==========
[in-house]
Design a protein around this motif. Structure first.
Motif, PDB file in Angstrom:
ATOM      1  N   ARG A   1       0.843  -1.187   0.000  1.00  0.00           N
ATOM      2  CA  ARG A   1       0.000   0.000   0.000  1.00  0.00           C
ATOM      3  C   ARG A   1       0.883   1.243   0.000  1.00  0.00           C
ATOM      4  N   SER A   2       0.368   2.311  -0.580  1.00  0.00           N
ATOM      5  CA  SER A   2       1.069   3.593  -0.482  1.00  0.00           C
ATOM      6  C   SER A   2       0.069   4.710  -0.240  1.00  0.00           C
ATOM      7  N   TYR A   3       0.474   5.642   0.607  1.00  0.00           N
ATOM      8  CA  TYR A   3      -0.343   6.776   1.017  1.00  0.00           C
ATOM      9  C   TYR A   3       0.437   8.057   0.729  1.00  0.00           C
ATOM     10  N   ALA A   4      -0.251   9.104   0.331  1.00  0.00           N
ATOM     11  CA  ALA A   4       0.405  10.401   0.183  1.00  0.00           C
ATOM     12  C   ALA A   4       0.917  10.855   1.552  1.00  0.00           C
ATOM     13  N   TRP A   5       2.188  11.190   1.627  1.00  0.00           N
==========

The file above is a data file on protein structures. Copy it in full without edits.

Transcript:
[in-house]
Design a protein around this motif. Structure first.
Motif, PDB file in Angstrom:
ATOM      1  N   ARG A   1       0.843  -1.187   0.000  1.00  0.00           N
ATOM      2  CA  ARG A   1       0.000   0.000   0.000  1.00  0.00           C
ATOM      3  C   ARG A   1       0.883   1.243   0.000  1.00  0.00           C
ATOM      4  N   SER A   2       0.368   2.311  -0.580  1.00  0.00           N
ATOM      5  CA  SER A   2       1.069   3.593  -0.482  1.00  0.00           C
ATOM      6  C   SER A   2       0.069   4.710  -0.240  1.00  0.00           C
ATOM      7  N   TYR A   3       0.474   5.642   0.607  1.00  0.00           N
ATOM      8  CA  TYR A   3      -0.343   6.776   1.017  1.00  0.00           C
ATOM      9  C   TYR A   3       0.437   8.057   0.729  1.00  0.00           C
ATOM     10  N   ALA A   4      -0.251   9.104   0.331  1.00  0.00           N
ATOM     11  CA  ALA A   4       0.405  10.401   0.183  1.00  0.00           C
ATOM     12  C   ALA A   4       0.917  10.855   1.552  1.00  0.00           C
ATOM     13  N   TRP A   5       2.188  11.190   1.627  1.00  0.00           N